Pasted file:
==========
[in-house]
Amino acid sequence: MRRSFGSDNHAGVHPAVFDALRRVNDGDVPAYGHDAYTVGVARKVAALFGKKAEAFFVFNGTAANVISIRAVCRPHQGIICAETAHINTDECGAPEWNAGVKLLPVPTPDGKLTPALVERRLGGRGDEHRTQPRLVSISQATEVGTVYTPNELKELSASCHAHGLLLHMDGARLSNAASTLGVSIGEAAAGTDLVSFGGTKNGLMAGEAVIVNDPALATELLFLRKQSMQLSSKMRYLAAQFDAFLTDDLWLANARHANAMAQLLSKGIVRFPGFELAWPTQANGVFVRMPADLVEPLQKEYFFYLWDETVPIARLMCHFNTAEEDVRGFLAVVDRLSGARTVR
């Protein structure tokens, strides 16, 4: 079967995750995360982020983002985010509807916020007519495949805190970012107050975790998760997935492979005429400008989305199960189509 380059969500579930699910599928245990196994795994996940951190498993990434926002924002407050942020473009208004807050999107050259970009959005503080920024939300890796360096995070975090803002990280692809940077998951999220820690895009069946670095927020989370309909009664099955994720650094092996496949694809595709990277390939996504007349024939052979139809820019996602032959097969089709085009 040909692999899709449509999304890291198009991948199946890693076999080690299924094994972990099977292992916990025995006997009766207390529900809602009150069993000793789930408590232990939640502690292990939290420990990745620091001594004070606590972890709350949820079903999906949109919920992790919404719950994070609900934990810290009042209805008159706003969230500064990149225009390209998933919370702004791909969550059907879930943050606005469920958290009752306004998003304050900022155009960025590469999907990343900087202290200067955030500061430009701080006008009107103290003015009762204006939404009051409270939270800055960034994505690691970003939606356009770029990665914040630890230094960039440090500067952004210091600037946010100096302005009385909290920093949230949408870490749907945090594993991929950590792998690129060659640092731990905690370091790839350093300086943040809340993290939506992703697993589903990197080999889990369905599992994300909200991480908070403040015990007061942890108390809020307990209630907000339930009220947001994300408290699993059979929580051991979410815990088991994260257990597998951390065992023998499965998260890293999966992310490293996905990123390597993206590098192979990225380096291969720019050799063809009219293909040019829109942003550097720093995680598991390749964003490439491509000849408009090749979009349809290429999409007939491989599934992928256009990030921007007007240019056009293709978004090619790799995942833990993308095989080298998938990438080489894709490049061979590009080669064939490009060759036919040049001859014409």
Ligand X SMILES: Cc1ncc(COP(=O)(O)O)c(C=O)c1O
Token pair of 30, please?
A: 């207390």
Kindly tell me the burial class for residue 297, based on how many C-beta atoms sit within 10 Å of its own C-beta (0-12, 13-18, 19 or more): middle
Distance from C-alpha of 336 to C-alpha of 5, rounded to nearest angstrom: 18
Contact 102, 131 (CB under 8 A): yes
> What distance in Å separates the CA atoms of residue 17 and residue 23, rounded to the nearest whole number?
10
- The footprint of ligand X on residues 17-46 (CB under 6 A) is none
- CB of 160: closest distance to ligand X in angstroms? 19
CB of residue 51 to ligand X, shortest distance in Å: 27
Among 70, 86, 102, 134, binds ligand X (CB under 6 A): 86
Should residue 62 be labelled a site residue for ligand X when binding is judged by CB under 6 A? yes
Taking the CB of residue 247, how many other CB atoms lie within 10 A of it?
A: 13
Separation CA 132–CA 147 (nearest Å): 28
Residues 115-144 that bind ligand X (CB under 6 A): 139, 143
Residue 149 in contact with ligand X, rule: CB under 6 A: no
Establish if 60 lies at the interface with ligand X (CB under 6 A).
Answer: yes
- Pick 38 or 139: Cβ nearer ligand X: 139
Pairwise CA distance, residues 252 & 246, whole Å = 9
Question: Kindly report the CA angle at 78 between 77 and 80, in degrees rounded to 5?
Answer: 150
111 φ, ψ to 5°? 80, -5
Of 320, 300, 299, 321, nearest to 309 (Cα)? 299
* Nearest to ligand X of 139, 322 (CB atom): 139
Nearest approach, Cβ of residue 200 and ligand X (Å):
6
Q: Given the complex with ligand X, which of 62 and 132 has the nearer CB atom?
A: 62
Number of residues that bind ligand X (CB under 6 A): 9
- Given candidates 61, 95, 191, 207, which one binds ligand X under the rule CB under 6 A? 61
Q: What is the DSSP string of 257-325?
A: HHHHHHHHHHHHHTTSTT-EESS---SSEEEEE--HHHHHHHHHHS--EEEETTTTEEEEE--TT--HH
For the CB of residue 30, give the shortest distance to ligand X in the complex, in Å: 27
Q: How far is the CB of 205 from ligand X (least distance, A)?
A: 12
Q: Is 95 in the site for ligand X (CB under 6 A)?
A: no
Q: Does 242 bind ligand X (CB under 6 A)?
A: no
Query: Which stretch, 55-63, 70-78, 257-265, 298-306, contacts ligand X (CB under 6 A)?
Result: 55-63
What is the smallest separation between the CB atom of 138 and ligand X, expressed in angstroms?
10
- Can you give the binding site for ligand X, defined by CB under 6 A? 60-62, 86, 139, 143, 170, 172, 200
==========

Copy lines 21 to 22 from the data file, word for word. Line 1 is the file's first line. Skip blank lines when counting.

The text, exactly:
Residue 149 in contact with ligand X, rule: CB under 6 A: no
Establish if 60 lies at the interface with ligand X (CB under 6 A).